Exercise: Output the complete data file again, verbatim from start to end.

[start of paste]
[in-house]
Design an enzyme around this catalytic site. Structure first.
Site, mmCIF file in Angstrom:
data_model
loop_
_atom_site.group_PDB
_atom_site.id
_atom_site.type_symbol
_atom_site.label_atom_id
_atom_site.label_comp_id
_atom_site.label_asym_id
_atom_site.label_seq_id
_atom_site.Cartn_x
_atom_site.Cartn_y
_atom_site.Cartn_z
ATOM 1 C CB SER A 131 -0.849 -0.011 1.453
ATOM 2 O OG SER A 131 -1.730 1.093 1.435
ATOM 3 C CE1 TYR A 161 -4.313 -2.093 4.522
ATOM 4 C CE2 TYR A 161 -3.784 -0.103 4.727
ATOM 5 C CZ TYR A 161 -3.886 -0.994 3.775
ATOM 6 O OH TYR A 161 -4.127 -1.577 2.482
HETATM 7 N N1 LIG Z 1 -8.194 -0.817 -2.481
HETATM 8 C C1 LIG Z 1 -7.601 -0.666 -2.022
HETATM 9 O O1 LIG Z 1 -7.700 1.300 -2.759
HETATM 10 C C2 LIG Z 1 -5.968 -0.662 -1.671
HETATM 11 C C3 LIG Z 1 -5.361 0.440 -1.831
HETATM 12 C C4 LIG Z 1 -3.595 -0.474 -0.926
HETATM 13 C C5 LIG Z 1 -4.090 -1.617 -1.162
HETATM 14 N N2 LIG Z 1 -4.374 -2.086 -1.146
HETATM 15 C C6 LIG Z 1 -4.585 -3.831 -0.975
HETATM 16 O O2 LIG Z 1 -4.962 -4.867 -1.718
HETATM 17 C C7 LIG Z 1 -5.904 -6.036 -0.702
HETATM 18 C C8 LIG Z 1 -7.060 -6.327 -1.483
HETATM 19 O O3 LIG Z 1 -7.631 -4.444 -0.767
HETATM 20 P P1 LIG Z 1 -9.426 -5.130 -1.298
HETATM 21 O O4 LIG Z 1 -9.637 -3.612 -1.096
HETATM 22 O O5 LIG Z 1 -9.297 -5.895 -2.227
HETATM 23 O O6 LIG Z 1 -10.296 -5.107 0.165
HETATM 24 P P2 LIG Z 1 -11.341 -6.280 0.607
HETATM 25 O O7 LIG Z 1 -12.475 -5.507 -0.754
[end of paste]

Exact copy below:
[in-house]
Design an enzyme around this catalytic site. Structure first.
Site, mmCIF file in Angstrom:
data_model
loop_
_atom_site.group_PDB
_atom_site.id
_atom_site.type_symbol
_atom_site.label_atom_id
_atom_site.label_comp_id
_atom_site.label_asym_id
_atom_site.label_seq_id
_atom_site.Cartn_x
_atom_site.Cartn_y
_atom_site.Cartn_z
ATOM 1 C CB SER A 131 -0.849 -0.011 1.453
ATOM 2 O OG SER A 131 -1.730 1.093 1.435
ATOM 3 C CE1 TYR A 161 -4.313 -2.093 4.522
ATOM 4 C CE2 TYR A 161 -3.784 -0.103 4.727
ATOM 5 C CZ TYR A 161 -3.886 -0.994 3.775
ATOM 6 O OH TYR A 161 -4.127 -1.577 2.482
HETATM 7 N N1 LIG Z 1 -8.194 -0.817 -2.481
HETATM 8 C C1 LIG Z 1 -7.601 -0.666 -2.022
HETATM 9 O O1 LIG Z 1 -7.700 1.300 -2.759
HETATM 10 C C2 LIG Z 1 -5.968 -0.662 -1.671
HETATM 11 C C3 LIG Z 1 -5.361 0.440 -1.831
HETATM 12 C C4 LIG Z 1 -3.595 -0.474 -0.926
HETATM 13 C C5 LIG Z 1 -4.090 -1.617 -1.162
HETATM 14 N N2 LIG Z 1 -4.374 -2.086 -1.146
HETATM 15 C C6 LIG Z 1 -4.585 -3.831 -0.975
HETATM 16 O O2 LIG Z 1 -4.962 -4.867 -1.718
HETATM 17 C C7 LIG Z 1 -5.904 -6.036 -0.702
HETATM 18 C C8 LIG Z 1 -7.060 -6.327 -1.483
HETATM 19 O O3 LIG Z 1 -7.631 -4.444 -0.767
HETATM 20 P P1 LIG Z 1 -9.426 -5.130 -1.298
HETATM 21 O O4 LIG Z 1 -9.637 -3.612 -1.096
HETATM 22 O O5 LIG Z 1 -9.297 -5.895 -2.227
HETATM 23 O O6 LIG Z 1 -10.296 -5.107 0.165
HETATM 24 P P2 LIG Z 1 -11.341 -6.280 0.607
HETATM 25 O O7 LIG Z 1 -12.475 -5.507 -0.754